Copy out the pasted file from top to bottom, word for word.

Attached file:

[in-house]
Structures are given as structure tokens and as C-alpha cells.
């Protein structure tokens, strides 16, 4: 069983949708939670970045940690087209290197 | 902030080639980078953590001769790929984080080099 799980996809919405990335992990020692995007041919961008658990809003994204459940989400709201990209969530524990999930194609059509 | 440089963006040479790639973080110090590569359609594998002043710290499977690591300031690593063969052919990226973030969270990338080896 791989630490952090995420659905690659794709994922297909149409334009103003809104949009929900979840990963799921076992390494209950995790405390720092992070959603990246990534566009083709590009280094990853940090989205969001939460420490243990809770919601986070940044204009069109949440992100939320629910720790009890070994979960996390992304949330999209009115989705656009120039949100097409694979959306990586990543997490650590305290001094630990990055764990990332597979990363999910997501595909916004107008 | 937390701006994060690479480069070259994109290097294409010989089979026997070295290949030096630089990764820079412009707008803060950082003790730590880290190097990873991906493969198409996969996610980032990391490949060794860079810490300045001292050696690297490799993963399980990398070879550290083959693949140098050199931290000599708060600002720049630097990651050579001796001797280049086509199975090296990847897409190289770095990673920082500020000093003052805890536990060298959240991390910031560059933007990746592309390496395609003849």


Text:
[in-house]
Structures are given as structure tokens and as C-alpha cells.
């Protein structure tokens, strides 16, 4: 069983949708939670970045940690087209290197 | 902030080639980078953590001769790929984080080099 799980996809919405990335992990020692995007041919961008658990809003994204459940989400709201990209969530524990999930194609059509 | 440089963006040479790639973080110090590569359609594998002043710290499977690591300031690593063969052919990226973030969270990338080896 791989630490952090995420659905690659794709994922297909149409334009103003809104949009929900979840990963799921076992390494209950995790405390720092992070959603990246990534566009083709590009280094990853940090989205969001939460420490243990809770919601986070940044204009069109949440992100939320629910720790009890070994979960996390992304949330999209009115989705656009120039949100097409694979959306990586990543997490650590305290001094630990990055764990990332597979990363999910997501595909916004107008 | 937390701006994060690479480069070259994109290097294409010989089979026997070295290949030096630089990764820079412009707008803060950082003790730590880290190097990873991906493969198409996969996610980032990391490949060794860079810490300045001292050696690297490799993963399980990398070879550290083959693949140098050199931290000599708060600002720049630097990651050579001796001797280049086509199975090296990847897409190289770095990673920082500020000093003052805890536990060298959240991390910031560059933007990746592309390496395609003849």